I can definitely see how Revelino’s debut album could be lost amid that hysterical British haze of mid-90s. After all, this is as non-groundbreaking as they could possibly get in 1994: a fairly conservative guitar-rock album. The fact that the record is a lot more subtle and melodically satisfying than, say, Definitely Maybe, could hardly bother anyone. Which is a shame. 

Musical references. Try imagining classic 60s music played in the post-Stone Roses world – the familiar 90s deal, really. So it all boils down to tunes. The record kicks off with the magnificent single “Happiness Is Mine” full of vocal melodies to kill for. While the song sets the bar quite high and nothing else comes close, Revelino is still an amazingly consistent album. Each song has at least one brilliant element to make it totally worthwhile. The fantastic riff of “I Feel Tired”, the gutsy guitar racket of “My Bones”, the sweeping chorus of “Taking Turns”, the addictive groove of “Slave”, the delicate violin of the lovely “She’s Got The Face”... And I haven’t even mentioned the gorgeous ballad “Don’t Lead Me Down”, unquestionably the album’s second best thing. 

I wouldn’t call it the perfect 90s guitar-rock record (that, of course, would be New Wave by The Auteurs), no, but it's most certainly among the more well-written ones. Totally undeserving of its ‘unjustly lost forever’ status. 

I won’t bother with Irishness this time. Particularly since they didn’t bother with it either. 

RECOMMENDATIONS. None, really. Tracking down this one is quite an achievement in itself.

Wednesday, 6 April 2011

Best Irish Albums: EIGHT

MY BLOODY VALENTINE – Isn’t Anything (1988)

Best song: “Lose My Breath” 

Mais oui, I’m one of those misguided souls who think Isn’t Anything is actually better than LovelessLoveless is all about the sound. Isn’t Anything, on the other hand, is about the songs. 

While I do like certain shoegaze records (Isn’t Anything and particularly Ride’s Nowhere being my absolute favourites), I can hardly be considered the genre’s greatest admirer. My main issue with shoegaze is that quite often (more often than not, in fact) the wall of noise (the sound of sonic bliss for some) conceals painfully weak tunes.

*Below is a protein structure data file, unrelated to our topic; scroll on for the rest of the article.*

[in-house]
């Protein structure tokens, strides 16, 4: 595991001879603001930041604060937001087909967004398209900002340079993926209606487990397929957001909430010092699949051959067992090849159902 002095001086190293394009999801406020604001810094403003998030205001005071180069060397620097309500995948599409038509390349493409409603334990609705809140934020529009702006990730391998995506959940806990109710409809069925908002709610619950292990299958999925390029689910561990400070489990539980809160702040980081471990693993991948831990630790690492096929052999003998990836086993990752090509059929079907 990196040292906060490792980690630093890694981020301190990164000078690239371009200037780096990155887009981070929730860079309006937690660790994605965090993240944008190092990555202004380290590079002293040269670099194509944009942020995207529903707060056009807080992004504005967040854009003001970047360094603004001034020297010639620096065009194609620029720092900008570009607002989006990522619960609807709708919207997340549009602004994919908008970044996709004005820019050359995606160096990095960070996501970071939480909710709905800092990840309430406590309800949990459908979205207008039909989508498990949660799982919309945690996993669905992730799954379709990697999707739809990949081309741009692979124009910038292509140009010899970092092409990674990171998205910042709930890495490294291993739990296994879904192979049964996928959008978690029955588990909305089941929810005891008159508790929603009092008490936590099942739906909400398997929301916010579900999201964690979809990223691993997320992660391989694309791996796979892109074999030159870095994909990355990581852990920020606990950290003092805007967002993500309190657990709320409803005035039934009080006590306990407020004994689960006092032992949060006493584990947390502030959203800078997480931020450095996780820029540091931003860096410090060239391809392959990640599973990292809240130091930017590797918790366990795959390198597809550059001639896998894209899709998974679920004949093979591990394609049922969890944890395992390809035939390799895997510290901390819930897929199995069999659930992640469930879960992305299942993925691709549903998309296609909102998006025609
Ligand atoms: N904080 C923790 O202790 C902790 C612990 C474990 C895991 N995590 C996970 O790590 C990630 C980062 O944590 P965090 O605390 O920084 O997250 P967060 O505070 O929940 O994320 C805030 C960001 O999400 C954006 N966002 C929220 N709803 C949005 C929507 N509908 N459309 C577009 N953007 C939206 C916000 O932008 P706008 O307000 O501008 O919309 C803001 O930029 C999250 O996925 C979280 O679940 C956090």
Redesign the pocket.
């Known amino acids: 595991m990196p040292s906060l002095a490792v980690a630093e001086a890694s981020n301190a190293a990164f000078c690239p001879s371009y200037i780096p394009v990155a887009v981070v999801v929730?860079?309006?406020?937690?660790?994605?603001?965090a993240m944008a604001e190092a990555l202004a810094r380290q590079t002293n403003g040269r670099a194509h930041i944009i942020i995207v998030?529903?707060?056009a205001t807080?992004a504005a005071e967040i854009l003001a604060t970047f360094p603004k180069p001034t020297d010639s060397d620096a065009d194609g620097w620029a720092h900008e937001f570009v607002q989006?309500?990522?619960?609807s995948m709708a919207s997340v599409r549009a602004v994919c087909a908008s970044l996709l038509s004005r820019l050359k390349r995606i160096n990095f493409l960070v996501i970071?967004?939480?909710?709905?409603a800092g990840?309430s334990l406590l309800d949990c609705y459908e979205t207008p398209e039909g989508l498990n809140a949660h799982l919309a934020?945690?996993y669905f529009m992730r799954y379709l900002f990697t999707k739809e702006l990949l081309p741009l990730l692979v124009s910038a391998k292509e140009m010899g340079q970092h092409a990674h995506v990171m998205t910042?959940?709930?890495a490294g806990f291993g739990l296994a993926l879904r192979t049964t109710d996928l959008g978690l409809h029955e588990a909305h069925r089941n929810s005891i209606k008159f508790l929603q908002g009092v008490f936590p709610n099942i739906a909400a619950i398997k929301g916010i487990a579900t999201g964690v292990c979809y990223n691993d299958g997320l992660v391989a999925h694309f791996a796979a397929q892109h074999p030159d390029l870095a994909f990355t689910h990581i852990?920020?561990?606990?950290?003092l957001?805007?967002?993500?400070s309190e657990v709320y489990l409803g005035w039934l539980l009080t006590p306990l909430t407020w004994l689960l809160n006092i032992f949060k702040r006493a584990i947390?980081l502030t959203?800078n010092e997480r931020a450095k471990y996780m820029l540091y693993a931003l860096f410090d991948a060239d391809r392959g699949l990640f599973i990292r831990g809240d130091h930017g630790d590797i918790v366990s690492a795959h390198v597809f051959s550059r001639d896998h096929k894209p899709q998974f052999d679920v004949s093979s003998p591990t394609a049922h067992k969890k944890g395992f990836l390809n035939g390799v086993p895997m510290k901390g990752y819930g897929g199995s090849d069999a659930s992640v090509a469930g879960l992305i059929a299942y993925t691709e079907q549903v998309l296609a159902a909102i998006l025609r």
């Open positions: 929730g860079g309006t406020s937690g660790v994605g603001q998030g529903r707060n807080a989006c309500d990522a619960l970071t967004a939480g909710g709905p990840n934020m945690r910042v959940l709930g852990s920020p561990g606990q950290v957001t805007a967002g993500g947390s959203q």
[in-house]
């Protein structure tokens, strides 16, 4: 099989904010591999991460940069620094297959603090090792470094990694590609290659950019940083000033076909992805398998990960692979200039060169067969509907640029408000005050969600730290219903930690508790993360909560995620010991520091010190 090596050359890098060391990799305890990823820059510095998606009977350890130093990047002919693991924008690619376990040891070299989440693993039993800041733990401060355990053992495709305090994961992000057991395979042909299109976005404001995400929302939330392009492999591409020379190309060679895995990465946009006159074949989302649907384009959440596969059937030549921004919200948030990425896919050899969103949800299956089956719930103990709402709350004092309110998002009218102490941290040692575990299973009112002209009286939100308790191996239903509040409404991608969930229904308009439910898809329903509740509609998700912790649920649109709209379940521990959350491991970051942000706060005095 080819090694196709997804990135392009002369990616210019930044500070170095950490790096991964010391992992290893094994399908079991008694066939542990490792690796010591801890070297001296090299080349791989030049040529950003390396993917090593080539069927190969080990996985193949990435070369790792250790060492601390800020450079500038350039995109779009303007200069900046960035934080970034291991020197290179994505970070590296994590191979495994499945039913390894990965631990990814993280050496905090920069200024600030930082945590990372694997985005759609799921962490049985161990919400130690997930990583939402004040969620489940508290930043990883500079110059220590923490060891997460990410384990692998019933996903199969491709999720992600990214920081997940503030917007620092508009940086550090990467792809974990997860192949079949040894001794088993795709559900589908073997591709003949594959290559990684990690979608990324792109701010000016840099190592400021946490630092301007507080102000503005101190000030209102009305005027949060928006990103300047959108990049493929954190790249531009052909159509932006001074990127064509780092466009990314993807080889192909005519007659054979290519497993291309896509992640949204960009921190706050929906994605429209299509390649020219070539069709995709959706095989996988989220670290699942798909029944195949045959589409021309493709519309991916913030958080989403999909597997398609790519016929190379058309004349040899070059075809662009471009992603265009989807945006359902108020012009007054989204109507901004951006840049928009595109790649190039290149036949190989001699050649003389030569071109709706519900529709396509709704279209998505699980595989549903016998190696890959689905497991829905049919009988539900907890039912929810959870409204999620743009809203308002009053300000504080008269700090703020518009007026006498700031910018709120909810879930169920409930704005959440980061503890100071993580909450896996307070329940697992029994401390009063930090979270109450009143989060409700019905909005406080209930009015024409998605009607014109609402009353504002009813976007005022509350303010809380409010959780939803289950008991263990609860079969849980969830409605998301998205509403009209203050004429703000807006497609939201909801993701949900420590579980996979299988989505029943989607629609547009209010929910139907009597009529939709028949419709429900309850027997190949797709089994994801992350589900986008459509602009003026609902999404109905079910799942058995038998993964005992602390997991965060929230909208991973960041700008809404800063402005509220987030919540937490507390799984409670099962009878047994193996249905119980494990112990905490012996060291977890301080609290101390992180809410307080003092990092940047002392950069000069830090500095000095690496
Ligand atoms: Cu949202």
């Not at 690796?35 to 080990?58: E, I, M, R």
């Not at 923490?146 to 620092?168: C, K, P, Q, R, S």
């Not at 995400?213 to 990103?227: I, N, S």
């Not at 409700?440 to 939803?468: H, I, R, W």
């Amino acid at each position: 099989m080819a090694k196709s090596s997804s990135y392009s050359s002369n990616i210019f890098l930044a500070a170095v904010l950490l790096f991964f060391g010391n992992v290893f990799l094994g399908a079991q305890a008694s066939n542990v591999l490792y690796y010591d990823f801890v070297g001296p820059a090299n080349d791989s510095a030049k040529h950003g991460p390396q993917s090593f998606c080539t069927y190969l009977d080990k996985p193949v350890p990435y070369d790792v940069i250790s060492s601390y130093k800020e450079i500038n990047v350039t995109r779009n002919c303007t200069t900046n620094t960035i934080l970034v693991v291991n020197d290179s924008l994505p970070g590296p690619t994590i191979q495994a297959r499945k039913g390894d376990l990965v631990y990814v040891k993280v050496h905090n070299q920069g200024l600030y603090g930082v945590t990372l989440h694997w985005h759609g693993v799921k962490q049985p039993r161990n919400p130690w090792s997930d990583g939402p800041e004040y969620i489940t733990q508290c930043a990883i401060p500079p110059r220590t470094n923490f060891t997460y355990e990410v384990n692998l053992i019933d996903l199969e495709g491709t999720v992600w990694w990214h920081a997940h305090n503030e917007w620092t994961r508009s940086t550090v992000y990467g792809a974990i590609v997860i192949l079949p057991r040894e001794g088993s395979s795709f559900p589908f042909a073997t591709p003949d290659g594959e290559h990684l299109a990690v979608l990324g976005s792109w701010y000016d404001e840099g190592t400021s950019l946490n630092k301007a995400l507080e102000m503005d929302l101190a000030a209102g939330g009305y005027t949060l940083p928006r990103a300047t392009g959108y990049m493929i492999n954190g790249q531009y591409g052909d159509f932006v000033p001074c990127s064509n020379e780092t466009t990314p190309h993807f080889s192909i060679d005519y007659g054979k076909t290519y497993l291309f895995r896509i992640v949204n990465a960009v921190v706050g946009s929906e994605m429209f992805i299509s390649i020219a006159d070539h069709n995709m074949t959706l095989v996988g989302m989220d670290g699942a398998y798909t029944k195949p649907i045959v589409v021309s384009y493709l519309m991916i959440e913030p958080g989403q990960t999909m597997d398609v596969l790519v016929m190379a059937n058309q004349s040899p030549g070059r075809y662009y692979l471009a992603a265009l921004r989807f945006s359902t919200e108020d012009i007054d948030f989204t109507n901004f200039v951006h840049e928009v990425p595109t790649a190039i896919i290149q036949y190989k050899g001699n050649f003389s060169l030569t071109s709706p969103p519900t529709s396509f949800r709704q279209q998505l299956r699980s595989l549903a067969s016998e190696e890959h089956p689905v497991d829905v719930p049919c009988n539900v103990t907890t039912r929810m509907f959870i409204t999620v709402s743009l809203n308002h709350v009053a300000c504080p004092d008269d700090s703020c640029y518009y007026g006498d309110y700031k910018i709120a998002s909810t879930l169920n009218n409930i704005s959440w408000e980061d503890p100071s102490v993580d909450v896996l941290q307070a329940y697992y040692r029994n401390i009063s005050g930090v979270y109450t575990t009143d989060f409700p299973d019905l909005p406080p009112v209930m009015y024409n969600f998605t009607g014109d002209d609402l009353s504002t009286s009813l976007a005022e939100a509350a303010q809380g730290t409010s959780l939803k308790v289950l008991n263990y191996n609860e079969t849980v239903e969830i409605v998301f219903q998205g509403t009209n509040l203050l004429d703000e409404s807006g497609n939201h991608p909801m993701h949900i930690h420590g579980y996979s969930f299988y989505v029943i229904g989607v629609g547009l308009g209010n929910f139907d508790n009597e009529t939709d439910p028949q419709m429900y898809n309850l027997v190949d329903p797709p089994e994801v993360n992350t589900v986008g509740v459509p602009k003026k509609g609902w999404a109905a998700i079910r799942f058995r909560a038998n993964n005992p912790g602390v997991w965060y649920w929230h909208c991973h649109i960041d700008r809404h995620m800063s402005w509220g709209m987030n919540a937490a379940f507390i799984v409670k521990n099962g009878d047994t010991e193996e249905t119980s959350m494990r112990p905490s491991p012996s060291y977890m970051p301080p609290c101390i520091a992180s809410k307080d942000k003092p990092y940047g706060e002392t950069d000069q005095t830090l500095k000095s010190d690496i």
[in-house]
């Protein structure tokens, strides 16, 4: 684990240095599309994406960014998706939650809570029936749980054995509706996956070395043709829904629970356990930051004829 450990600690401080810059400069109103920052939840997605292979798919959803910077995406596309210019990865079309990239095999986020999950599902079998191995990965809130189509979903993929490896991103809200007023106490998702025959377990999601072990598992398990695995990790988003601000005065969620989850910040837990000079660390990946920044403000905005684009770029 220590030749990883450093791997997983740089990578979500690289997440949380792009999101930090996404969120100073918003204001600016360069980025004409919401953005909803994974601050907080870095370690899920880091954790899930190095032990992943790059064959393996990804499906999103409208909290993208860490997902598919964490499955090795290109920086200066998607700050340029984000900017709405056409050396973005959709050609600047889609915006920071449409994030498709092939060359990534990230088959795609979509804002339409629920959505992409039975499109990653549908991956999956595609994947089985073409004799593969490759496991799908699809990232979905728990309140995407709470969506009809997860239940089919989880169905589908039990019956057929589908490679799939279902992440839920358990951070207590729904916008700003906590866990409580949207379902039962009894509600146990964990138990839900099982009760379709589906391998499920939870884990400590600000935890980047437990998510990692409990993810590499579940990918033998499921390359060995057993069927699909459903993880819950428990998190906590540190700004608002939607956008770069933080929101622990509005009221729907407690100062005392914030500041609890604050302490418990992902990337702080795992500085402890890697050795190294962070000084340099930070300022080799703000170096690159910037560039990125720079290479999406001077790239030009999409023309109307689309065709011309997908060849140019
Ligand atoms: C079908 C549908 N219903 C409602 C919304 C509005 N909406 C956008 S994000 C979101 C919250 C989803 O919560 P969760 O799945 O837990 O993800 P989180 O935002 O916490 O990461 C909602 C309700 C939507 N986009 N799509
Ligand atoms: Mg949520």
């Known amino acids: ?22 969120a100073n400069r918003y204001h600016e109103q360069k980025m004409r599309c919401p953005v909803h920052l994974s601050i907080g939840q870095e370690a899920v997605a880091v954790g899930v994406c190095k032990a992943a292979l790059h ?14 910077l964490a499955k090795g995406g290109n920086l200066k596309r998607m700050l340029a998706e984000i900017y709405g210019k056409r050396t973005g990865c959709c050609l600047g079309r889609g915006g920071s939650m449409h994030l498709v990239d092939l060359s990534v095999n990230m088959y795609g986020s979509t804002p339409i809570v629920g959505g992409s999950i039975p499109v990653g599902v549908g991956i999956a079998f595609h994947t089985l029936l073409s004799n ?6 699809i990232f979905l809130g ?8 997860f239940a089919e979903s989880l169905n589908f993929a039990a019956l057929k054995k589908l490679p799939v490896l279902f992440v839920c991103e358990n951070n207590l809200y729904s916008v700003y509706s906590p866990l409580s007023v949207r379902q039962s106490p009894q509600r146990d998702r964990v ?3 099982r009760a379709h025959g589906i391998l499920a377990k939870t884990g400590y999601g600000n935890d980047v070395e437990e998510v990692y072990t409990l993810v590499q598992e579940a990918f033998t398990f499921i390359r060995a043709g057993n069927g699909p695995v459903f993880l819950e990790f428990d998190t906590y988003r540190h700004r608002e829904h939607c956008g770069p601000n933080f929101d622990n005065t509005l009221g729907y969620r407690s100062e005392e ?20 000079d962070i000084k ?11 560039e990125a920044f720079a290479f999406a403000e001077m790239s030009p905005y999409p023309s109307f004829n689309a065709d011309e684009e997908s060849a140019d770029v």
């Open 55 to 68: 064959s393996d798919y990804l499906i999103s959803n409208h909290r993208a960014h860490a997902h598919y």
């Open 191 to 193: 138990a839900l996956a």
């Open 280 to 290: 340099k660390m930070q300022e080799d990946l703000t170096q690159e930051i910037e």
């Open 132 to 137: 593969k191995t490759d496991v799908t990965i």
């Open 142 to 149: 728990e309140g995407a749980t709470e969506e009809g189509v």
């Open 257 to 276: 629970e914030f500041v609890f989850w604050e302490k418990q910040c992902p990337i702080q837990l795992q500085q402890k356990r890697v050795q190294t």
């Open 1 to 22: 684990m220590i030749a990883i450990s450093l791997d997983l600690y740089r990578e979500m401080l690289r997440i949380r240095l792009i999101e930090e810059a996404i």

Released in 1988 (My Bloody Valentine having abandoned their failed career in bad post-punk), Isn’t Anything is different. The more you listen to it, the more the record reveals its great care for melody. Take “Lose My Breath”, for instance. Behind the idiosyncratic sound of guitar distortion there is one of the loveliest vocal melodies you will ever hear. And it is all very lovely (lovely and difficult), all wallowing in that dreamy, addictive, sometimes ominous atmosphere that makes listening to this album a very special, singular experience. But it’s not all so gentle and tender (in fact, the album contains some very disturbing lyrical lines) - far from it; the band could rip it up, too. Like on the album's most celebrated song, “Feed Me With Your Kiss”, which is basically a remorseless, crude grunge song. While "You Never Should" is just a catchy alt-rock thing made special by that very distinctive sound of theirs. 

What else is there to say? That the vocals as well as the album’s cover are oh so lovely and twee? That Isn’t Anything is one of the most important, influential releases of its time? Irishness? Ah yes, Irishness. But I will go for something obscure this time. For I get a feeling that the songs here are as understated and (melodically) meaningful as those immaculate short stories in Joyce’s Dubliners. But if that seemed too obscure, you might consider the dreamy, moody, slightly fantastic atmosphere that inhabits Isn’t Anything. Could well be deemed Irish.